utor or guardian" clearly indicate that the trustee contemplated therein
is of a testamentary character or of one appointed by the orphans'
court on connection with a decedent's estate, and that it was not intended
that jurisdiction should be conferred upon the orphans' court in case
of a trust inter irivos or a trust of any other kind than testamentary in
character so that a proceeding in the orphans' court for the sale or ex-
change of lands by a trustee, who holds under a deed of trust, will not
confer marketable title. Garrison's Est., 65 P. L. *J- 77&.

A trustee appointed in another state to execute a trust created by the
will of a decedent, domiciled in that state, there being no power or direc-
tion to sell contained in the will, will not be authorized by an orphans'
court of Pennsylvania either under this act or the Fiduciaries Act to
sell real estate in this state. Jones' Est. 47 Pa. C. C. 463, 28 Dist. 282.

While under the act the court undoubtedly has power to confirm a
sale which it could have authorized, yet it cannot allow a sale not author-
ized by the act, where by will testator gave the real estate to his wife for
life with remainder to his children, whose guardian, the petitioner, had no
status with relation to the real estate. A mere averment that the sale
would be for the "best interest and advantage of the children of which
the petitioner is guardian" cannot confer jurisdiction. Maule's Est., 37
Lane. 231.

Where it is to the interest and advantage of the parties interested the
court, under this act, has authority to decree a sale of decedent's real
estate against the objections of some of the living owners who are sui
juris. Jefferies' Est., 37 Lane. 435.

Under this act the court of common pleas has jurisdiction to entertain
the petition of trustees of a church to borrow money, where due notice
of such application has been given. In re St. Joseph's Church, 49 Pa. C.
C. 315, 16 Sch. 327.

169. SALES OF REAL ESTATE, ETC.

(a) The sale, mortgaging, conveying on ground rent, and leas-
ing thereof, of the extinguishment or assignment of ground rents
issuing thereout;

The words "extinguishment or assignment of ground rents" are in-
serted to make clear that the court has jurisdiction to direct the extin-
guishment or assignment of a ground rent, as to which there is now some
doubt.

There is no need for a petition by a trustee to extinguish a ground
rent, where from the facts involved there is no room for the exercise of



REVISED PRICE ACT SECTION i (a), (6), (c), (d), (e) 103

discretion by the court and its function would become purely ministerial.
The Revised Price Act makes no change that affects the case. The words
"extinguishment or assignment of ground rents" were added to remove
a doubt that had arisen in the profession and make it clear that the court
might decree an extinguishment as well as a sale or assignment of a
ground rent in cases where the court is given jurisdiction under the
provisions of the act. Janney's Est., 27 Dist. 709.

170. AMICABLE PARTITION, ETC.

(&) The amicable partition and exchange thereof;
In the Price Act, Section I, and incorporating act of May 23, 1913,
P. L. 345, 6 Purd. 7051, in connection with the clauses in the next section
conferring jurisdiction where the legal title is held by persons under dis-
ability, fiduciaries, etc.

171. SQUARING AND ADJUSTING LINES.

(c) The squaring and adjusting of lines between adjoining
owners ;

Taken from Section 7 of the Price Act, 4 Purd. 4027. The words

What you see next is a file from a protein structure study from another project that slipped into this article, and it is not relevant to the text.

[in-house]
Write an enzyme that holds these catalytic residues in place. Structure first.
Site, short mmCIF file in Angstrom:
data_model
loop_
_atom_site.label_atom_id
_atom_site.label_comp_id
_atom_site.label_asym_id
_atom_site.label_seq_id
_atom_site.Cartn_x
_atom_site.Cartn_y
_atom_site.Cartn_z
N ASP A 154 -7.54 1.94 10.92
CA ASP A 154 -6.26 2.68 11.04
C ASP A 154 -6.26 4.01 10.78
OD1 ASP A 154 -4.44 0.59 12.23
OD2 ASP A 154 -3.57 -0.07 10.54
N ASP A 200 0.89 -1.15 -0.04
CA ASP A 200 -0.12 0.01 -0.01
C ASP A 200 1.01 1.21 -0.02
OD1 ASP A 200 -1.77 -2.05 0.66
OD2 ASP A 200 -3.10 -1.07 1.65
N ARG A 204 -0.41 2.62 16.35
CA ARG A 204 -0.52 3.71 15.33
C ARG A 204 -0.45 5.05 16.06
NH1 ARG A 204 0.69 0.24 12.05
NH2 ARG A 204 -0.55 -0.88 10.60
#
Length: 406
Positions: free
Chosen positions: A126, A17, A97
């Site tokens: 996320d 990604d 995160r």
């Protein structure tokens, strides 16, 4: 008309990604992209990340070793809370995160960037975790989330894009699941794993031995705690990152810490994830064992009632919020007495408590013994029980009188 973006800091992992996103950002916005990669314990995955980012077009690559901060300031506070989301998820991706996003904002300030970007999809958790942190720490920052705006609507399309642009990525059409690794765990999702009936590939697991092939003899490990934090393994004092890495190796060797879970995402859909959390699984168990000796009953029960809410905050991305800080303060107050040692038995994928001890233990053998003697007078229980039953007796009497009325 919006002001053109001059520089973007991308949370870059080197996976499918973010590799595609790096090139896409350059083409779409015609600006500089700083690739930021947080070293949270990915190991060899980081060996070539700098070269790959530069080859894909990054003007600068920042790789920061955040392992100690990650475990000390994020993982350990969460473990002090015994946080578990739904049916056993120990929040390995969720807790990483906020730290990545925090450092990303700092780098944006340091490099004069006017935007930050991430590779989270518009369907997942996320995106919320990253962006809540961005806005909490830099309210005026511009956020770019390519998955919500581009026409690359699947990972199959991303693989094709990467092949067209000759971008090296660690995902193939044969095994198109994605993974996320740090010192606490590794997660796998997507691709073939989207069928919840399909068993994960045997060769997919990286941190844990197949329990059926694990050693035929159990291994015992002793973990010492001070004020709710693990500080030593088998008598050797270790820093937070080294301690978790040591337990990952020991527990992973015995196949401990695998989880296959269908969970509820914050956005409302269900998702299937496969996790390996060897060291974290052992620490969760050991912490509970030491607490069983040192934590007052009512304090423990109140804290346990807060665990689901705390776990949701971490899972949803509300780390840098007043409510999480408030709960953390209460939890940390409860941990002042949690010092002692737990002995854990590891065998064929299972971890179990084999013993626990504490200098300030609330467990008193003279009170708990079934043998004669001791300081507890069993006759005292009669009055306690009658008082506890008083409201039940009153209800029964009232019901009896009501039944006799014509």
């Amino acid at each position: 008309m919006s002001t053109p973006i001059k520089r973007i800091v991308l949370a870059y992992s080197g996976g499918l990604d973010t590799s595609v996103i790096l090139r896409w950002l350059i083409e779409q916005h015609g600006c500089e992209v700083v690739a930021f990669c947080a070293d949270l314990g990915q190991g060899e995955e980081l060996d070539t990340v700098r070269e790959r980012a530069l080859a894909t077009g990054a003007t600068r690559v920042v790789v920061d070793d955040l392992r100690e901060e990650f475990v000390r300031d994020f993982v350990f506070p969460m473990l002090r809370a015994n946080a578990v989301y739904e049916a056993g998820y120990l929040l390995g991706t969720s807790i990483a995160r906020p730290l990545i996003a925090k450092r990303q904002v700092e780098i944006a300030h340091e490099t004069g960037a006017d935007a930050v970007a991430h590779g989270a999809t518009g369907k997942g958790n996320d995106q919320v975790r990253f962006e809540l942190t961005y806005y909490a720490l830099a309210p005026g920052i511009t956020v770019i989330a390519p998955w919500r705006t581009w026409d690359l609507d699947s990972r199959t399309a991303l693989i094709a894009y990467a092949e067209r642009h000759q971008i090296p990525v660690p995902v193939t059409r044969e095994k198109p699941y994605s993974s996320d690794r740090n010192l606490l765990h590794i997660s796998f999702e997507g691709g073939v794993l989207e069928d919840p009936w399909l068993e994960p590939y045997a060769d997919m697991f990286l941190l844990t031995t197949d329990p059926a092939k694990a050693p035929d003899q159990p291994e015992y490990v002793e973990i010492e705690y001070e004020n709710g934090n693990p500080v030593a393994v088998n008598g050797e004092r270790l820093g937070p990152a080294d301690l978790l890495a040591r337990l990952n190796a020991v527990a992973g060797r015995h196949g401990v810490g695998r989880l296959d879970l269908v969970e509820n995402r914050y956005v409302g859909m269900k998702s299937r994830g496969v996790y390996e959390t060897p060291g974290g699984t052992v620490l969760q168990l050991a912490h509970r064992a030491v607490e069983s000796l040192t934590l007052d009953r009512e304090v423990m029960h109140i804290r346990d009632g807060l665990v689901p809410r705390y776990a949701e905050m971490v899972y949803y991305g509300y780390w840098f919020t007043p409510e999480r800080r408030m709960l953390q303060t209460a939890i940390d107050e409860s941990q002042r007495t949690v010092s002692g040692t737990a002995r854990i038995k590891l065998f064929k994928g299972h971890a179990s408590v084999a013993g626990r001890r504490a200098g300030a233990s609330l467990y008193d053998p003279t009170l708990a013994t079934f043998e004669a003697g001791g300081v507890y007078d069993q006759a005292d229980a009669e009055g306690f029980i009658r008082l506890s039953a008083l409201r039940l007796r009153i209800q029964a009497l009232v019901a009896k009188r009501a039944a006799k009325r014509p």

"without public or private sale" are recommended for omission, as the
words "squaring and adjusting" sufficiently describe the transaction and
necessarily exclude the idea of a sale.

172. CONSOLIDATION OF MINING LANDS.

(d) The consolidation and combination of mining lands with
other adjoining mining lands, so that they shall form one tract,
and the leasing thereof in such manner that the several persons
interested therein shall be seized of undivided interests in the
whole, proportionate to their several undivided interests before
such combination and consolidation, the rents or royalties received
under the lease to be apportioned among them in like propor-
tions.

This incorporates the Act of June 8, 1874, P- L. 277, Section I, 4 Purd.
4033.

173. RIGHTS OF WAY.

(e) The joining by owners of undivided interests in making
and taking conveyances, in order to change in part or in whole
the route or location of any right of way or passage existing over
and upon adjoining or other lands

This incorporates the Act of April 18, 1864, P. L. 462, Section i, 4
Purd. 4031. The words "without public or private sale" are recommended
for omission for the reason set forth in note 8, supra.



104 DEVISED PRICE ACT SECTIONS i (/)-2

174. SUBDIVISION OF PREMISES; DEDICATION OF

STREETS.

(/) The subdivision of the premises so as to command the
highest price or greatest rents, and for such purpose, where the
premises shall admit of or require it, the laying out and dedica-
tion of roads, streets and alleys, or the vacating of such as shall
not have been paid for or received into actual use by the public,
if found to be inconvenient and to make an unprofitable division
of the property; 11

Provided, That such court shall be of the opinion that such
decree will be to the interest and advantage of all those interested
therein and without prejudice to any trust, charity or purpose
for which the real estate or ground rent shall be held and with-
out the violation of any law which may confer an immunity or
exemption from sale or alienation.

"Taken from Section 4 of the Price Act, 4 Purd. 4022.

It is necessary in order for the court to reach a conclusion that a decree
will be to the interest and advantage of those interested "that such facts
shall be set out in the petition that will enable the court to form an
opinion, such as the rental value of the property cost of maintenance in
the way of repairs, taxes, water rent and other charges and such other
facts as to dilapidation and decay, if any. It is not sufficient to say in
the petition that it is to the interest of the minor that the sale be carried
into effect. Such a statement is the opinion of the petitioner, which is,